Just how significant is an endorsement from the New Westminster and District Labour Council? Does an endorsement from “the machine” clinch a spot on city council or school board?
Although the labour council has been endorsing candidates since the 1960s, criticisms of “the machine,” as its critics have called it, have ramped up in recent years. Once fodder among local politicos, including some who failed in their attempts to get elected, the issue is now front and centre in the community. Questions at a mayoral forum held earlier this week focused on the issue, including a question posed by the New Westminster Chamber of Commerce.
First-time independent councillor candidate Catherine Cartwright acknowledges it “will be extremely hard” to compete against the labour machine. She said she’s not anti-union, but believes city council should be balanced and reflect the community’s diversity.
“Not everyone that works in the community is of that same political inclination,” she recently told The Record. “In fact, I think there is too much interference from other levels of government, quietly, on council.”
Coun. Chuck Puchmayr, a former NDP New Westminster MLA, disagrees that the labour-endorsed candidates make it hard for others to get elected.
“For years, the concern was that everybody on council had huge contributions from corporations and developers,” he said. “Labour is an endorsement. It’s not a huge endorsement, but it’s an endorsement.”
Critics, however, say non-endorsed candidates can’t compete with the financial contributions from unions, phone banks and volunteers from unions that are affiliated with the labour council.
Calvin Donnelly, who has served numerous terms as an independent councillor, said he believes the labour candidates’ ability to get people out to the polls on election day is more important than the money that unions donate to the election campaigns.
The New Westminster and District Labour Council has a long history of endorsing candidates in civic elections –and a pretty good record of getting people elected. In 2011, it endorsed eight candidates for council and school board – and all of them got elected.
This year, the labour council is recommending candidates in New Westminster, Burnaby, Coquitlam, Langley Township, Maple Ridge, Port Coquitlam, Port Moody, Surrey, Delta, Langley City and Pitt Meadows.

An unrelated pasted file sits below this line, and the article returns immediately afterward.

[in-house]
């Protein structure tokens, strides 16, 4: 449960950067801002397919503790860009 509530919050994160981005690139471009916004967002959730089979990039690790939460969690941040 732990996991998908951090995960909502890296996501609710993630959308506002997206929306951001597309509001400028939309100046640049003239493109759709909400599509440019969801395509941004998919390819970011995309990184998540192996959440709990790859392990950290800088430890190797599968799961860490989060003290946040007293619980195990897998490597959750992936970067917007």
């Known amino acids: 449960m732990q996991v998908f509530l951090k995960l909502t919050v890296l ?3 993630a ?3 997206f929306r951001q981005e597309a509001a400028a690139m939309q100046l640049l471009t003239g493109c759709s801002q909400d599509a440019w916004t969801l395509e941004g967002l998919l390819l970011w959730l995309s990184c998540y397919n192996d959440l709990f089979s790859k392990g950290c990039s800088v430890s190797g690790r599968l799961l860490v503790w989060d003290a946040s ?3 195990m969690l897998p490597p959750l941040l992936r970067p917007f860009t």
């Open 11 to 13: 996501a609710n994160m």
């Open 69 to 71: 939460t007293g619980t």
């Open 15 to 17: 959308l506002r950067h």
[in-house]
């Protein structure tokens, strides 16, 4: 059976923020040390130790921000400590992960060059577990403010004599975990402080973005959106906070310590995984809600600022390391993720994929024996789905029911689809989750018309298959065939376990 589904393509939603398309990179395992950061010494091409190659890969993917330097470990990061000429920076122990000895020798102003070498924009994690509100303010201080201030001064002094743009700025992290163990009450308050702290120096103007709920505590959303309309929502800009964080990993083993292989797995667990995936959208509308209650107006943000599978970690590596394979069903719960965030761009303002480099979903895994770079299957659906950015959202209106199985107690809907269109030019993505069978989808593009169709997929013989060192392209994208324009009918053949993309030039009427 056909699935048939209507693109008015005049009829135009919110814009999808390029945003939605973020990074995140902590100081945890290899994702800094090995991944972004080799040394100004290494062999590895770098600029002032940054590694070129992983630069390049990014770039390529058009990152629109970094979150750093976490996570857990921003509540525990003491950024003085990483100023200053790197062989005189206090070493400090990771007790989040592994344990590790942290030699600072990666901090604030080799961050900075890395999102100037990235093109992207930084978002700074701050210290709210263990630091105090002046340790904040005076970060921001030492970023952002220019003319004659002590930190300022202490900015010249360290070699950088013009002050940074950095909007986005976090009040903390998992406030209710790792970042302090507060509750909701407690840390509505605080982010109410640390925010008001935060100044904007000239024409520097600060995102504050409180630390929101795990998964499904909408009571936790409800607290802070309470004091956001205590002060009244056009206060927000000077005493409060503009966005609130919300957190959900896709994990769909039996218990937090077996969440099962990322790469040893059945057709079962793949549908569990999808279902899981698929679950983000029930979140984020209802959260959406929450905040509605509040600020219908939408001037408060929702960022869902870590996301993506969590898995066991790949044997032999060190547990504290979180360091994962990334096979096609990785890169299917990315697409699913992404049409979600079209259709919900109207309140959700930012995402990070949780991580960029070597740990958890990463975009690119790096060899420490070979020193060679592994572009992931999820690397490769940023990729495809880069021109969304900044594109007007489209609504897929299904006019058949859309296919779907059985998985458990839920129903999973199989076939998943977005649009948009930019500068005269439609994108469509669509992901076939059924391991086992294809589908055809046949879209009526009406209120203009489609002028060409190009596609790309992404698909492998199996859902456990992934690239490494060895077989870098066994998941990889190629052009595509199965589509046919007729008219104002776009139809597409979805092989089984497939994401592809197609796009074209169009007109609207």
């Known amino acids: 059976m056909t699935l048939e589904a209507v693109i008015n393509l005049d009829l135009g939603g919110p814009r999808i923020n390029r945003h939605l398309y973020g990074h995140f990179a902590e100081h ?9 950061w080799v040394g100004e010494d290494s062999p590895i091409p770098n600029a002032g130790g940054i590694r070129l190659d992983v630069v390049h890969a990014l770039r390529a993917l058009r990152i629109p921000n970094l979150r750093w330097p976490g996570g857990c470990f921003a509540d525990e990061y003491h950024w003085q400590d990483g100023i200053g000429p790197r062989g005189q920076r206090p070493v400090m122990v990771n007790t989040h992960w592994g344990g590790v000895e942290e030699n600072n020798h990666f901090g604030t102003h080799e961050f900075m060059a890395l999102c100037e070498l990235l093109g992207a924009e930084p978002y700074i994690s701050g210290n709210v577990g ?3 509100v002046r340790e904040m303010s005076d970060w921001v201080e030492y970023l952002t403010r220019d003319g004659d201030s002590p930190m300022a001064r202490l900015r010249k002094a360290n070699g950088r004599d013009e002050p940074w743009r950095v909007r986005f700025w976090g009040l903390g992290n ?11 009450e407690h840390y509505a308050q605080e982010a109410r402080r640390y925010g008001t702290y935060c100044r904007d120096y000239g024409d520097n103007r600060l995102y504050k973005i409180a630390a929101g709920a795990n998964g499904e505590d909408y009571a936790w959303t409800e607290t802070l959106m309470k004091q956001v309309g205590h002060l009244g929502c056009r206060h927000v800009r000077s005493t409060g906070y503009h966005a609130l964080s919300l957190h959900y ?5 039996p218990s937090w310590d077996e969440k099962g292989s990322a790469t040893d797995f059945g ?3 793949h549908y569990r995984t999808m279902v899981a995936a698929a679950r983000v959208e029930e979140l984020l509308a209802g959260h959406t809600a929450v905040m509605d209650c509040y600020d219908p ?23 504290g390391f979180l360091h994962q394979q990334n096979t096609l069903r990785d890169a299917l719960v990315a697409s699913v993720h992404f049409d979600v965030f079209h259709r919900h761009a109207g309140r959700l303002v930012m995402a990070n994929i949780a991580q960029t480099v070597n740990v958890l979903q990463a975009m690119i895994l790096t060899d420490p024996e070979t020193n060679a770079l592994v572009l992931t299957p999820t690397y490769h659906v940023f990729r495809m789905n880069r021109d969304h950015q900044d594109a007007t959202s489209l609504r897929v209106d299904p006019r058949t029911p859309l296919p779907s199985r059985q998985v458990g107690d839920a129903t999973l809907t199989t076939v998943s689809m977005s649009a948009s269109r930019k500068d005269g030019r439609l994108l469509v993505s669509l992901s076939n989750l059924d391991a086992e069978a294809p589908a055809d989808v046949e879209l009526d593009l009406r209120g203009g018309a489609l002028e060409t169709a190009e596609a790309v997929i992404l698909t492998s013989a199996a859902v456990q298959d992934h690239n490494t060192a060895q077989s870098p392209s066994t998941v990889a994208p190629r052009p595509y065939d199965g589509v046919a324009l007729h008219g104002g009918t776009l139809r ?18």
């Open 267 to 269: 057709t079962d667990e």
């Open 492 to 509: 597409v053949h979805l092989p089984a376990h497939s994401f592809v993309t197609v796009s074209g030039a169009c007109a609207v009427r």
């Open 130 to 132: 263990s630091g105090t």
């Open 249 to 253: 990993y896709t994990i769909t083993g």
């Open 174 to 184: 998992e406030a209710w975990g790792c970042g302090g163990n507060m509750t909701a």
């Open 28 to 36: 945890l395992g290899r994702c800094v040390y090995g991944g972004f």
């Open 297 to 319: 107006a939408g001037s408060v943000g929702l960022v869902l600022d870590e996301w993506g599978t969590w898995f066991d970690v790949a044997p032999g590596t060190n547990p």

Before getting endorsed by the labour council, candidates must submit an application and be interviewed by a committee of eight to 12 representatives from unions affiliated with the labour council. Questions relate to a candidate’s community involvement, stance on climate change and environmental issues, and ideas on creating livable cities and supporting local business.
The New Westminster and District Labour council is endorsing three-term city councillor Jonathan Cote in his bid for mayor, having last endorsed mayoral candidate Tom Baker in the 1980s.
After enjoying years of unofficial support from many in the labour community, incumbent Mayor Wayne Wright will see how he fares when going up against a labour-endorsed mayoral candidate who is being supported by the entire weight of the machine and all four councillor incumbents seeking re-election.
On the council front, the labour council is backing Bill Harper (incumbent), Patrick Johnstone, Jaimie McEvoy (incumbent), Puchmayr (incumbent), Mary Trentadue and Lorrie Williams (incumbent) for council, and Mark Gifford, Jonina Campbell (incumbent), Michael Ewen (incumbent), James Janzen (incumbent) and Kelly Slade-Kerr for school trustee.
“If we have six strong candidates, we are going to endorse six strong candidates. If we have four strong candidates, we are going to endorse four strong candidates,” explained Carolyn Rice, secretary-treasurer of the labour council. “That’s how the process works.”
Although candidates are asked if they belong to a union, Rice said that doesn’t factor into the committee’s decision on who to endorse.
“It’s a bit of a myth that people think that we only endorse union members,” she said. “That’s not the case.”
Some of the candidates, like Puchmayr, are well-known New Democrats. Although some people have suggested candidates must belong to the NDP in order to get the labour council’s support, Rice said that’s not the case.
“That’s not true,” she said. “We don’t even ask that question about their political affiliation. It is a total myth.”
That’s not the view of longtime city Coun. Betty McIntosh, who said it’s useless for people to seek an endorsement if they’re not a member of the NDP.
“It’s a charade,” she said. “If you don’t join the party, and they have the party list, they won’t even consider you.”
With two weeks to go before election day, some citizens belonging to unions have already received several phone calls from volunteers working on behalf of the “progressive” candidates.
A recorded message from Peter Julian supporting these candidates has made the rounds in the city.
Callers have informed citizens the same candidates being endorsed by the labour council are also being supported by Julian, Fin Donnelly, Judy Darcy and Dawn Black.
James Crosty, a mayoral candidate in 2011 and 2014, wrote to the federal government inquiring about the conduct of local officials in municipal elections, as they’ve left recorded messages and sent out leaflets in support of the labour council slate in past elections.
He was informed that MPs are permitted to endorse election candidates, but they’re not allowed to use House of Commons-provided resources for such a purpose.